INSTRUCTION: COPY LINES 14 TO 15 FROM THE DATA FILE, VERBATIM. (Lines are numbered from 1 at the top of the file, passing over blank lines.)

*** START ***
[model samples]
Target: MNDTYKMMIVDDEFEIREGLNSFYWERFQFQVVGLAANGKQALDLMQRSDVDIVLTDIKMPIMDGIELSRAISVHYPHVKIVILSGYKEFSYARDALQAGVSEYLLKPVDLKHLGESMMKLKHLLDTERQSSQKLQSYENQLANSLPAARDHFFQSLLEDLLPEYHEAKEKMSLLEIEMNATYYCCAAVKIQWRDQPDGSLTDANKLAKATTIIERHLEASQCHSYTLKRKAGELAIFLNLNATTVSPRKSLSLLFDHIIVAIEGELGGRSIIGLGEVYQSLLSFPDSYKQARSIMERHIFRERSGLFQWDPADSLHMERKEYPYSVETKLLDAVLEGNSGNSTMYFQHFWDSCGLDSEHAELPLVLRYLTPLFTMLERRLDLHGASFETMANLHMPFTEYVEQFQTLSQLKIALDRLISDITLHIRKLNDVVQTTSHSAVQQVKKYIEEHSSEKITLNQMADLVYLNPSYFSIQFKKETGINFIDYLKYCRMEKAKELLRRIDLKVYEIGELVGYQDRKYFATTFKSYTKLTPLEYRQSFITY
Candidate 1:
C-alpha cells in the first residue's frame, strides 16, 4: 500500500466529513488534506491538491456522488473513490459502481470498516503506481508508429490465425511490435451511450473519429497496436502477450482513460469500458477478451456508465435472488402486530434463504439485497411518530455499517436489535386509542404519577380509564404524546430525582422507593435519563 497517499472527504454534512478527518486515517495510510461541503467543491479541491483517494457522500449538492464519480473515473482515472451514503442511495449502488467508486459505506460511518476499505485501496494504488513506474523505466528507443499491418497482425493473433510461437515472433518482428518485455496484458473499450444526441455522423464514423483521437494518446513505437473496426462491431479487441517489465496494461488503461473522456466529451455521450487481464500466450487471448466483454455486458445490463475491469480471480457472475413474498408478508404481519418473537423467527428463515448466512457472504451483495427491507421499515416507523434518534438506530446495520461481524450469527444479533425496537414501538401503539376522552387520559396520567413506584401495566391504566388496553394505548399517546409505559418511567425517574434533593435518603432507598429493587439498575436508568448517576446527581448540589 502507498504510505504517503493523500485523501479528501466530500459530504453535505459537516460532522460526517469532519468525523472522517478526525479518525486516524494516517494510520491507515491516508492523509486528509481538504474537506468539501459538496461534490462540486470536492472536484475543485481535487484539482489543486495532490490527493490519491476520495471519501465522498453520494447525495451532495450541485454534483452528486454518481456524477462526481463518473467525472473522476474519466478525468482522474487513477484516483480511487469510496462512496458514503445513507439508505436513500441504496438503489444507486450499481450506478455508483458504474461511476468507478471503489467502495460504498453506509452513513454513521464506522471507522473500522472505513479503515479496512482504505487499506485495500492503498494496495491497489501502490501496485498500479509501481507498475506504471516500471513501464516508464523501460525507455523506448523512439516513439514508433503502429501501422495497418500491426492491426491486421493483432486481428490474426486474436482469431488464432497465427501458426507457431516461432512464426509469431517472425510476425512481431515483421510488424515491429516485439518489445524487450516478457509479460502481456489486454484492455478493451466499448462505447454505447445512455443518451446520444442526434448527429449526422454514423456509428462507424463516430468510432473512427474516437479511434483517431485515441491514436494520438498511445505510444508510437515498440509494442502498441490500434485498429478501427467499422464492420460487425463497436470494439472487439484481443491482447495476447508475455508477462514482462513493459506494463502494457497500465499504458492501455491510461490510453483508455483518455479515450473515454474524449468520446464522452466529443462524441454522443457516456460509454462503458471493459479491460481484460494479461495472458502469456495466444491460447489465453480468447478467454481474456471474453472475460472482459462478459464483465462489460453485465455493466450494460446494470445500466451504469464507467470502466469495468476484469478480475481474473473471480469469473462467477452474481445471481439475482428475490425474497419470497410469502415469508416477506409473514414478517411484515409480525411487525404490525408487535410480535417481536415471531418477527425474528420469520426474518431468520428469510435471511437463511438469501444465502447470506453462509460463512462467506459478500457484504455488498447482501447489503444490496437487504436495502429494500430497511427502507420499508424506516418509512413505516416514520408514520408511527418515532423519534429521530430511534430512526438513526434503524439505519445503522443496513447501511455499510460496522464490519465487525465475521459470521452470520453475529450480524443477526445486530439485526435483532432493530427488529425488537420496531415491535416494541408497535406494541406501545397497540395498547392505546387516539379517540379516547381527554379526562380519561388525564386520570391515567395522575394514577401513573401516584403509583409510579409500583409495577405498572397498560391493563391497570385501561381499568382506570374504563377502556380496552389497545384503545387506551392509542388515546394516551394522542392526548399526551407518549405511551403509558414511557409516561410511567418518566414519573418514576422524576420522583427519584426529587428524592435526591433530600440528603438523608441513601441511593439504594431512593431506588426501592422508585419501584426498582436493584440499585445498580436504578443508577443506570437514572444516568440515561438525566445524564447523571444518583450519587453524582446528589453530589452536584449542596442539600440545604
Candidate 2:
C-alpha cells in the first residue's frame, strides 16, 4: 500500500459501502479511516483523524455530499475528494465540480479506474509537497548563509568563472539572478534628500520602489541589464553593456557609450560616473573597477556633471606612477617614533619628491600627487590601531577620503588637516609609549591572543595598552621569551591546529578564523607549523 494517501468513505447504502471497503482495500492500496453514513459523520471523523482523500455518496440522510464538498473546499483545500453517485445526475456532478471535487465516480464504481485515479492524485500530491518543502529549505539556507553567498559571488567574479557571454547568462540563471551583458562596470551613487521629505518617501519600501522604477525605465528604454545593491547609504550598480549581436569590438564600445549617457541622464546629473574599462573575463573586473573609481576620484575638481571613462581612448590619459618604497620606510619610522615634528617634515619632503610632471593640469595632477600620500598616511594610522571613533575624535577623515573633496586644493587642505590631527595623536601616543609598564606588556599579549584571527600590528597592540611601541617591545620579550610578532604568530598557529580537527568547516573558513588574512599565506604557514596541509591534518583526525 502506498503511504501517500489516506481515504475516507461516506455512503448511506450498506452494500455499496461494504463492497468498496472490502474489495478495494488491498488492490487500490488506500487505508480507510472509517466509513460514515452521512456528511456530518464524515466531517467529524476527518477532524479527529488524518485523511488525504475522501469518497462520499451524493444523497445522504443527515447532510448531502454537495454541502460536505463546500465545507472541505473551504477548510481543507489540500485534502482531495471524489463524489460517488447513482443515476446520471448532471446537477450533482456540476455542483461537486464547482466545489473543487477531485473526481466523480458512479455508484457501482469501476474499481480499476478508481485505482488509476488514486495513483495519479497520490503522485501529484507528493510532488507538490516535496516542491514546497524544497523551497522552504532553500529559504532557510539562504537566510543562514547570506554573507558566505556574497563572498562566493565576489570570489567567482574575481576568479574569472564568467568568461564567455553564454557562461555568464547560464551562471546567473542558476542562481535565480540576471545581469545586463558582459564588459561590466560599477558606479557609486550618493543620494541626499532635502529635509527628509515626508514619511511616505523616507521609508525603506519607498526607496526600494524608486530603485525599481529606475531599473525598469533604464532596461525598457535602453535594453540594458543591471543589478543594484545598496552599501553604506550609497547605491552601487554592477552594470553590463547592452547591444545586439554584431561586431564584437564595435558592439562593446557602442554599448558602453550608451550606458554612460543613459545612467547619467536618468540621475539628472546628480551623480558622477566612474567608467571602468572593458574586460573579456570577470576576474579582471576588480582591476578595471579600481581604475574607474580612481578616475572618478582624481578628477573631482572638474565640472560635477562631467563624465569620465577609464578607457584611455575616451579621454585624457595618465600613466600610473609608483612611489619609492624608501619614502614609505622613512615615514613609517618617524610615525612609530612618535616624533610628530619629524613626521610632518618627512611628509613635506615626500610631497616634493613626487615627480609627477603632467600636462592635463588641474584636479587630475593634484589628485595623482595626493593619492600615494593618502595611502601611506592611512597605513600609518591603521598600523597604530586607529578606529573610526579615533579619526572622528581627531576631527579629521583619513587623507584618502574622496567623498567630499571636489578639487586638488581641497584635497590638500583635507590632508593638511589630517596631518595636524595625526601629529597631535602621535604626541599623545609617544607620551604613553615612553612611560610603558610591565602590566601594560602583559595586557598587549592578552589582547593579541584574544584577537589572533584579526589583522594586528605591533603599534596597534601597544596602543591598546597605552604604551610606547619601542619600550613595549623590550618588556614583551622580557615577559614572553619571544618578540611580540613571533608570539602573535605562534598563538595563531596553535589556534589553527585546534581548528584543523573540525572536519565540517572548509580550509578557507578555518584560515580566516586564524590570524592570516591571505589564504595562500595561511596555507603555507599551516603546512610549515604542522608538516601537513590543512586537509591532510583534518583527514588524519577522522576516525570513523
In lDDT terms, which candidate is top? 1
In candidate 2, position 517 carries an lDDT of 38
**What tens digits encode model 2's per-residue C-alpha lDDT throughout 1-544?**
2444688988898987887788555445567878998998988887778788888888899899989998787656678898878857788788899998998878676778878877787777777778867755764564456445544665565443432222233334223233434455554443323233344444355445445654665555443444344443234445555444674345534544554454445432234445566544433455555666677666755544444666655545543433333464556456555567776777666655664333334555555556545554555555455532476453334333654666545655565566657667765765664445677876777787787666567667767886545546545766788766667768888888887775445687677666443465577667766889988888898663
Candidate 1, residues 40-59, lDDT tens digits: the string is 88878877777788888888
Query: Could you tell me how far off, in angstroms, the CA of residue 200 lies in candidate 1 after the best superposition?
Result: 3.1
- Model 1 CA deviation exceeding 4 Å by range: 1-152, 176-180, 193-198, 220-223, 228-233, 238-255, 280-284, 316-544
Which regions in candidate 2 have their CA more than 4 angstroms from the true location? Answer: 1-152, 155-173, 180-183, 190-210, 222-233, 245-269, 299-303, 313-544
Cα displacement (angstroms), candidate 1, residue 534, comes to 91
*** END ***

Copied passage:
- Model 1 CA deviation exceeding 4 Å by range: 1-152, 176-180, 193-198, 220-223, 228-233, 238-255, 280-284, 316-544
Which regions in candidate 2 have their CA more than 4 angstroms from the true location? Answer: 1-152, 155-173, 180-183, 190-210, 222-233, 245-269, 299-303, 313-544